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Feature Article
The Kingdom: Succession in Saudi Arabia (part six) (Page: 2)
outmanoeuvering the al-Sudayris

The Commission is comprised, predictably, of the surviving sons of Ibn Saud, with some exceptions. The line of Hammud bin Abd al-Aziz (who died without male heirs) has no representation. The exclusion of Bandar bin Abd al-Aziz and Musa'id bin Abd al-Aziz was a foregone conclusion. Bandar is rarely seen in public, being something of a recluse, and has little involvement with family affairs. Musa'id's infirmity, not to mention the past disgrace which still taints his line, makes him unsuitable. Their sons (Faysal and Abdallah respectively) take their place on the commission.

Though there is no explicit mention of any place for a third generation prince in its composition, Turki bin Faysal bin Turki is included, since it was important that the line of Turki bin Abd al-Aziz (Ibn Saud's first-born son) be recognized.

The process will ensure that a consensus candidate emerges, widening the circle of political trust. Indeed, the new succession law would not have been possible without the support of the royal family's major factions. On the other hand, the Bay'ah council brings a new and bold dynamic to domestic family politics, excluding members from branches other than that of Abd al-Aziz, concentrating power ever more narrowly among the family's senior core. Further, several of the grandsons who will take part are too young and inexperienced to play much of a role. The fact that many family elders will not participate is a further consideration. By virtue of the "gravitas" they possess and the authority they command, even in the absence of any visibility or political experience by which they might otherwise merit a place on the council, these family elders often act as a tempering influence in family dispute. This could lead to unforeseen consequences, as the new dynamic will test a novel modus operandi, without any traditional, mitigating, influence, setting the stage for a potentially climactic showdown between competing family factions.

Sultan will be the second al-Sudayri king with the power to appoint a successor. The decision to name a vali al-ahd (presumably Nayif or Salman, from the al-Sudayri branch) will be made by Sultan then. Will his choice result in a rupture, or will Sultan make a suitable alliance between with the reformers? Sultan is without doubt the most powerful member of the family, and he controls an extensive web of patronage. Further, he enjoys good relations with the younger technocrat princes. Still, the nature of internal family dynamics would have prevented Sultan from forcing through his choice in the face of opposition from key figures. At best, he might have been able to advance the long-standing project of furthering al-Sudayri interests, entrenching their dominance beyond challenge, but it is likely that the family has already reached a tacit understanding that one of the al-Sudayri full brothers would succeed Sultan in any event. No other candidate, realistically, has enough influence and support to mount an effective campaign in the near future.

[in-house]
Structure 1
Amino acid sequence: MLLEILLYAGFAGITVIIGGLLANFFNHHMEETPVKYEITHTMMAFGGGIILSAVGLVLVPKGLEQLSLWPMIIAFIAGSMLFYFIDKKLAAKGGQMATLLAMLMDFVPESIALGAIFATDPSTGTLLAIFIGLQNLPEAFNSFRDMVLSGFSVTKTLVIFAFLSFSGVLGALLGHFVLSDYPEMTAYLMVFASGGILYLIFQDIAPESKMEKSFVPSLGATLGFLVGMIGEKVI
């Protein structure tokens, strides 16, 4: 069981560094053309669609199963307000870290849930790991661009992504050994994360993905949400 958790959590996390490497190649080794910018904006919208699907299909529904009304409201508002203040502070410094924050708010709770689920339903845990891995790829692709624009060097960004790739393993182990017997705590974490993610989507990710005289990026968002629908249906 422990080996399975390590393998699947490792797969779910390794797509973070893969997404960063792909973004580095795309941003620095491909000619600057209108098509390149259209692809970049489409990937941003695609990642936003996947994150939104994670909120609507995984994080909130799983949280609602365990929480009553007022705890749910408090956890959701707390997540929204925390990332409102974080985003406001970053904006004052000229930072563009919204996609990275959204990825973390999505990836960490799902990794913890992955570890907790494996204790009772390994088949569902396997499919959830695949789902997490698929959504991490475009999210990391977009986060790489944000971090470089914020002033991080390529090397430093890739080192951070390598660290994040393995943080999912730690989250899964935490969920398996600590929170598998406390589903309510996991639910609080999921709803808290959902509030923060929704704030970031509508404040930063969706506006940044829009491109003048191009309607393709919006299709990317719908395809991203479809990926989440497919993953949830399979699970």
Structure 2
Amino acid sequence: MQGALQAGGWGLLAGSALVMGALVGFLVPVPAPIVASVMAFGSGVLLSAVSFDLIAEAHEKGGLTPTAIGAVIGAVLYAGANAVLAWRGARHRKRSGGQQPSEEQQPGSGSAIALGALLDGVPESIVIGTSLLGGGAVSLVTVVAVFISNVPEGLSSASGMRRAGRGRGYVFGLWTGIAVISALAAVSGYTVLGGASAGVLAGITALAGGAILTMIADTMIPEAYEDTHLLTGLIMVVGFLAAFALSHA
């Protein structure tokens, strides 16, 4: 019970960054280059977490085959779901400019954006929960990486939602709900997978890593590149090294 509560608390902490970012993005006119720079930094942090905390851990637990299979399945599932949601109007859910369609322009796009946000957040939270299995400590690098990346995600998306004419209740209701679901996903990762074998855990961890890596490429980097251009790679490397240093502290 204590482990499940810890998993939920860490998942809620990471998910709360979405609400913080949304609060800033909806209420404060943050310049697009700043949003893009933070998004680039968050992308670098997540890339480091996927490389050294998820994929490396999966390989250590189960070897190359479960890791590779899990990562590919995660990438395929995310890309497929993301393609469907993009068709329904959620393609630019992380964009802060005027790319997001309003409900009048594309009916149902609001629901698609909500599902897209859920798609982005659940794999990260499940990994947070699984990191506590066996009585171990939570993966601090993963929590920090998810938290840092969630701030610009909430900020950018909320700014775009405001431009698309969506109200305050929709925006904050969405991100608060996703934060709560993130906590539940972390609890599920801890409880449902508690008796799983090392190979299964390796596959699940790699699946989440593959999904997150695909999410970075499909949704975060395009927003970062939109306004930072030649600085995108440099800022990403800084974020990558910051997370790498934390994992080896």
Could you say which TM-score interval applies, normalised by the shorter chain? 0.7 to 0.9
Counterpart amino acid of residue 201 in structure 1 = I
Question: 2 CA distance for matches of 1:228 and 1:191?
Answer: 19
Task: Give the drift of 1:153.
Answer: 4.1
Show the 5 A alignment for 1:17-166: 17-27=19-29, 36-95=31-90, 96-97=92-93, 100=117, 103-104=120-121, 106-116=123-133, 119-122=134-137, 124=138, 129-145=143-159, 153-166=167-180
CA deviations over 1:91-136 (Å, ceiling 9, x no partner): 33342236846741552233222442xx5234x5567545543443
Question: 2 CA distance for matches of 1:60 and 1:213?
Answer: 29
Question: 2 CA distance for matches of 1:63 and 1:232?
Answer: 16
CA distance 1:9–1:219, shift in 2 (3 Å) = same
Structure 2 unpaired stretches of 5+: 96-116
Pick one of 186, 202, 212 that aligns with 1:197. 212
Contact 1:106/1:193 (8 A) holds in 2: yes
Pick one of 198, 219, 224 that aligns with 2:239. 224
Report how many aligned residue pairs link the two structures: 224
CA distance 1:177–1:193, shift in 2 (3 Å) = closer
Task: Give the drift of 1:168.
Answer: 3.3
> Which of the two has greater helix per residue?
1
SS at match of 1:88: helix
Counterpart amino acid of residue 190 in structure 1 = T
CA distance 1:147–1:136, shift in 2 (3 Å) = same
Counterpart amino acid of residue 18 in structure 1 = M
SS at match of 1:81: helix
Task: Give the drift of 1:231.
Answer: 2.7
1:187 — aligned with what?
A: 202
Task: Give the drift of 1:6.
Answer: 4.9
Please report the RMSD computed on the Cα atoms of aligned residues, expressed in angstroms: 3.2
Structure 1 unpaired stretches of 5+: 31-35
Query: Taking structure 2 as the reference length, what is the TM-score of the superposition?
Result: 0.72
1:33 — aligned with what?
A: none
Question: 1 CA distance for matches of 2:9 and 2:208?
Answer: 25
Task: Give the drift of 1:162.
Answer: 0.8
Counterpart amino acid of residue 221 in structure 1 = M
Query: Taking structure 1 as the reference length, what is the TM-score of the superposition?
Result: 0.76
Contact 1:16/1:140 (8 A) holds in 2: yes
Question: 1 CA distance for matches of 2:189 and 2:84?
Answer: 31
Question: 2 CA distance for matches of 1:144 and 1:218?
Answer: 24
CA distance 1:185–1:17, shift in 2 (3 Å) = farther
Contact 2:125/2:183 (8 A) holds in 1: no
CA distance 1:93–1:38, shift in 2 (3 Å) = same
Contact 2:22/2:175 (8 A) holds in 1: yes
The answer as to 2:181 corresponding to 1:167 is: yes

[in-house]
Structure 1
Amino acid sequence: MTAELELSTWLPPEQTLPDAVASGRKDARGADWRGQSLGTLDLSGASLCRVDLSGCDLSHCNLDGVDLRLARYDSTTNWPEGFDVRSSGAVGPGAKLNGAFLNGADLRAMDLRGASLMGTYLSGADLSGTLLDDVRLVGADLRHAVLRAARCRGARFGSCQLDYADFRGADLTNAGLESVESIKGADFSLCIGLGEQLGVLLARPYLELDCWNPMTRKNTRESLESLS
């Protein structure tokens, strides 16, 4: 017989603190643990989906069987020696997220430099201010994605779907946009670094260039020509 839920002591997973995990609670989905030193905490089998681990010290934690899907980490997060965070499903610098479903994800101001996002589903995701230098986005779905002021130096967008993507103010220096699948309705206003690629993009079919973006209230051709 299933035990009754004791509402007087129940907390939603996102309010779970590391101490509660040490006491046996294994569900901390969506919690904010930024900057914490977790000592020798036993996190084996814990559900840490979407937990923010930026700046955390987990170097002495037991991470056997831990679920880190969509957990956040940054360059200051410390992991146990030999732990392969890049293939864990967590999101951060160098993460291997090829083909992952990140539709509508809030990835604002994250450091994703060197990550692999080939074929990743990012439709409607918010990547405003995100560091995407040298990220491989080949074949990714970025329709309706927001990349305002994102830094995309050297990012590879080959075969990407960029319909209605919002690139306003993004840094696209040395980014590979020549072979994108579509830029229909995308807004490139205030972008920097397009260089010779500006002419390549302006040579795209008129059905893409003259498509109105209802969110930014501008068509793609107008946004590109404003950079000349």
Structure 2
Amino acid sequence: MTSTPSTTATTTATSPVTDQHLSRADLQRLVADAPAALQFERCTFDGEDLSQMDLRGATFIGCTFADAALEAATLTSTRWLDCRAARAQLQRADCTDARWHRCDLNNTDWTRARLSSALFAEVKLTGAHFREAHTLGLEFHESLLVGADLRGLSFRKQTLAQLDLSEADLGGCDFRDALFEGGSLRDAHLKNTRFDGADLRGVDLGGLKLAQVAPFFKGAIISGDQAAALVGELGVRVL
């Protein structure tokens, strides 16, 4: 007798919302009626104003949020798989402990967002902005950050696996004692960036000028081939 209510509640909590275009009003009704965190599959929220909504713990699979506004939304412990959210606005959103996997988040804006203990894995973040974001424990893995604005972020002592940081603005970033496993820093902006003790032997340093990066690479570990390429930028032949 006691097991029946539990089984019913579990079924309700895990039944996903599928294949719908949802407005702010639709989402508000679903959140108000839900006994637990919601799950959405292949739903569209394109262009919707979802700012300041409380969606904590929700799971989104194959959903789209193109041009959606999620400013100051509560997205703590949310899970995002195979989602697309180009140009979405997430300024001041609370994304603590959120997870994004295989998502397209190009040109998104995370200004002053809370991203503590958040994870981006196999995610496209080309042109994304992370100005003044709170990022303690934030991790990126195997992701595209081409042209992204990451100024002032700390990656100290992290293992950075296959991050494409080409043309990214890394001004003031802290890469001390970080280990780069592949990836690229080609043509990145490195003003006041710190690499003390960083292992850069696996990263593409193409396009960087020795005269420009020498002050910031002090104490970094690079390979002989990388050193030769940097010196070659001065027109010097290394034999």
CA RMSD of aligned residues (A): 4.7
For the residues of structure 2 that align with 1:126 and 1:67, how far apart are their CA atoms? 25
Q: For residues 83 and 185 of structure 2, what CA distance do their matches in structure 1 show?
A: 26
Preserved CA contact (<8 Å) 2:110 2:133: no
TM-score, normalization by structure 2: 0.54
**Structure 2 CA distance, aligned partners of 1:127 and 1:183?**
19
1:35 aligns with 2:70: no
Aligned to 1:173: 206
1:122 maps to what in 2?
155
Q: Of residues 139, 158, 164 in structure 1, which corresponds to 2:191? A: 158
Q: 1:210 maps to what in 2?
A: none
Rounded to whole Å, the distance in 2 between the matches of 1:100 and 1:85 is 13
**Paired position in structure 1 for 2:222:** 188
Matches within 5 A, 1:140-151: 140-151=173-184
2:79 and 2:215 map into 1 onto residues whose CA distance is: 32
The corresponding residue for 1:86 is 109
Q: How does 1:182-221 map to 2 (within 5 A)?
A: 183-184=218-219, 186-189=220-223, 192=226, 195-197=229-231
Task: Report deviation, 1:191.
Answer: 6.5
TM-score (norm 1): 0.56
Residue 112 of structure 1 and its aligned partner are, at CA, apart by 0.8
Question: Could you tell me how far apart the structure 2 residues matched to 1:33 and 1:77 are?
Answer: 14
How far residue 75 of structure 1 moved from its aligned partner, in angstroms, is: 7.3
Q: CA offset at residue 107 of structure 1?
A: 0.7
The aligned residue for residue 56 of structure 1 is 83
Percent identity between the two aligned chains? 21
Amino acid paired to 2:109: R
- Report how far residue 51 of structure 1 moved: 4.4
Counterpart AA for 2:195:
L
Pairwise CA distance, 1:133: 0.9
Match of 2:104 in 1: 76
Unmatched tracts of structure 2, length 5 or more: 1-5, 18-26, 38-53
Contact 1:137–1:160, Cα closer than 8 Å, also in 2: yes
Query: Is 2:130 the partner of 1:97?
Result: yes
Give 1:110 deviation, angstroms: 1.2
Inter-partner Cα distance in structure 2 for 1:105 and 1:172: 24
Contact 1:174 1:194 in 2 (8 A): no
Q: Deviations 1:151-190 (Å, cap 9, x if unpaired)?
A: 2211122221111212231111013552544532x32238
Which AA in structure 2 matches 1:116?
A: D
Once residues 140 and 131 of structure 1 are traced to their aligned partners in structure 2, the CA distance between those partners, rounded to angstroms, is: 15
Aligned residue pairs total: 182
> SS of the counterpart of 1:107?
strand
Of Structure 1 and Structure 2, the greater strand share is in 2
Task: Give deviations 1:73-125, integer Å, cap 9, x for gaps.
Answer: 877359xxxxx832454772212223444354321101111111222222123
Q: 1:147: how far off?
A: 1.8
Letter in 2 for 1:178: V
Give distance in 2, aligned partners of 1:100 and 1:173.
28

Nonetheless, Abdallah has apparently outmaneuvered the al-Sudayri faction with a pre-emptive move. Although Abdallah cannot prevent Sultan from appointing his choice, the Commission will challenge the dominance of the al-Sudayri faction. Given the difficulty of replacing commission members, it will be almost impossible to circumvent the process. The move presents an insurmountable obstacle to those al-Sudayris who had hoped to gain enough momentum to appoint their own successors and so create a new dynasty. For years it was thought that Abdallah was struggling, against the odds, to promote a candidate who could challenge the al-Sudayris. Many concluded that this had failed. In the end, however, Abdallah prevailed. In a move of political genius, he relied upon the broad coalition of interests he had put together to build a new institutional mechanism based on traditional family structures.

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